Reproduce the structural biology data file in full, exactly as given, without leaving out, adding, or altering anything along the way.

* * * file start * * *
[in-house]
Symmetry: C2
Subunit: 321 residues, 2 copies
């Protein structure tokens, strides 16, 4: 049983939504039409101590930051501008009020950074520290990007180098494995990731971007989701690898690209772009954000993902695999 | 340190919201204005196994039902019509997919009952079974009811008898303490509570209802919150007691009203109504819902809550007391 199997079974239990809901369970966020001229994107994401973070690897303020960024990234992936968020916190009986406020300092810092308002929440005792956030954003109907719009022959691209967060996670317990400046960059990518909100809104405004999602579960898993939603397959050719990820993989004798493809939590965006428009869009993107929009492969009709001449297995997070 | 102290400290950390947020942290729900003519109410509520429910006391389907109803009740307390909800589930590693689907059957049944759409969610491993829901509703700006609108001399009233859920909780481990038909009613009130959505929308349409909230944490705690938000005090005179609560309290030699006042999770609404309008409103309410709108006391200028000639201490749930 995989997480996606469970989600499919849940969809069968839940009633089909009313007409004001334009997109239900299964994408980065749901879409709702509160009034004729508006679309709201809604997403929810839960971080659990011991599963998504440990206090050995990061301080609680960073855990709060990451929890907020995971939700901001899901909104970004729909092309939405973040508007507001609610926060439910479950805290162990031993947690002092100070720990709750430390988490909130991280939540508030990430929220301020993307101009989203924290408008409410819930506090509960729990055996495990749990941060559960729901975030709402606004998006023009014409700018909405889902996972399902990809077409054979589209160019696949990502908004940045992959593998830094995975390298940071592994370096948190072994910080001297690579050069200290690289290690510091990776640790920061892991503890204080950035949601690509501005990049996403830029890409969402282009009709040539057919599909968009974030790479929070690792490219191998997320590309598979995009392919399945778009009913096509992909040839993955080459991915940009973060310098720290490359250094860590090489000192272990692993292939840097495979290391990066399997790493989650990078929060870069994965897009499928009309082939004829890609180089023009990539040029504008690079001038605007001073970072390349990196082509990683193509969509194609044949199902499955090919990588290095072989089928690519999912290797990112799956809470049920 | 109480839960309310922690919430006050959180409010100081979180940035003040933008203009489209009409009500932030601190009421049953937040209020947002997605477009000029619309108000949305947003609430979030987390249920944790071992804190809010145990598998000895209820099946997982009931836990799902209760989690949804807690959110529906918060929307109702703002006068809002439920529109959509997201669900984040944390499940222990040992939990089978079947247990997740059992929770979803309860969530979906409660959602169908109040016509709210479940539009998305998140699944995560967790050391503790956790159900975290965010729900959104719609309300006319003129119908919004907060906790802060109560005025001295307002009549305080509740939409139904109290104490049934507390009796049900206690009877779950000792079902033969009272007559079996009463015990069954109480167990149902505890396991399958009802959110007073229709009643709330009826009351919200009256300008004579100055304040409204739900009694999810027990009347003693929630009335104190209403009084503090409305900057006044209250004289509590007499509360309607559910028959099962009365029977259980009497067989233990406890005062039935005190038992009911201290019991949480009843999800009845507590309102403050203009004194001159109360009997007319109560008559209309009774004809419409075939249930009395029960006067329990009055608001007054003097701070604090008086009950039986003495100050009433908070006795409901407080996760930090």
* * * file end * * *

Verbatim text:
[in-house]
Symmetry: C2
Subunit: 321 residues, 2 copies
């Protein structure tokens, strides 16, 4: 049983939504039409101590930051501008009020950074520290990007180098494995990731971007989701690898690209772009954000993902695999 | 340190919201204005196994039902019509997919009952079974009811008898303490509570209802919150007691009203109504819902809550007391 199997079974239990809901369970966020001229994107994401973070690897303020960024990234992936968020916190009986406020300092810092308002929440005792956030954003109907719009022959691209967060996670317990400046960059990518909100809104405004999602579960898993939603397959050719990820993989004798493809939590965006428009869009993107929009492969009709001449297995997070 | 102290400290950390947020942290729900003519109410509520429910006391389907109803009740307390909800589930590693689907059957049944759409969610491993829901509703700006609108001399009233859920909780481990038909009613009130959505929308349409909230944490705690938000005090005179609560309290030699006042999770609404309008409103309410709108006391200028000639201490749930 995989997480996606469970989600499919849940969809069968839940009633089909009313007409004001334009997109239900299964994408980065749901879409709702509160009034004729508006679309709201809604997403929810839960971080659990011991599963998504440990206090050995990061301080609680960073855990709060990451929890907020995971939700901001899901909104970004729909092309939405973040508007507001609610926060439910479950805290162990031993947690002092100070720990709750430390988490909130991280939540508030990430929220301020993307101009989203924290408008409410819930506090509960729990055996495990749990941060559960729901975030709402606004998006023009014409700018909405889902996972399902990809077409054979589209160019696949990502908004940045992959593998830094995975390298940071592994370096948190072994910080001297690579050069200290690289290690510091990776640790920061892991503890204080950035949601690509501005990049996403830029890409969402282009009709040539057919599909968009974030790479929070690792490219191998997320590309598979995009392919399945778009009913096509992909040839993955080459991915940009973060310098720290490359250094860590090489000192272990692993292939840097495979290391990066399997790493989650990078929060870069994965897009499928009309082939004829890609180089023009990539040029504008690079001038605007001073970072390349990196082509990683193509969509194609044949199902499955090919990588290095072989089928690519999912290797990112799956809470049920 | 109480839960309310922690919430006050959180409010100081979180940035003040933008203009489209009409009500932030601190009421049953937040209020947002997605477009000029619309108000949305947003609430979030987390249920944790071992804190809010145990598998000895209820099946997982009931836990799902209760989690949804807690959110529906918060929307109702703002006068809002439920529109959509997201669900984040944390499940222990040992939990089978079947247990997740059992929770979803309860969530979906409660959602169908109040016509709210479940539009998305998140699944995560967790050391503790956790159900975290965010729900959104719609309300006319003129119908919004907060906790802060109560005025001295307002009549305080509740939409139904109290104490049934507390009796049900206690009877779950000792079902033969009272007559079996009463015990069954109480167990149902505890396991399958009802959110007073229709009643709330009826009351919200009256300008004579100055304040409204739900009694999810027990009347003693929630009335104190209403009084503090409305900057006044209250004289509590007499509360309607559910028959099962009365029977259980009497067989233990406890005062039935005190038992009911201290019991949480009843999800009845507590309102403050203009004194001159109360009997007319109560008559209309009774004809419409075939249930009395029960006067329990009055608001007054003097701070604090008086009950039986003495100050009433908070006795409901407080996760930090």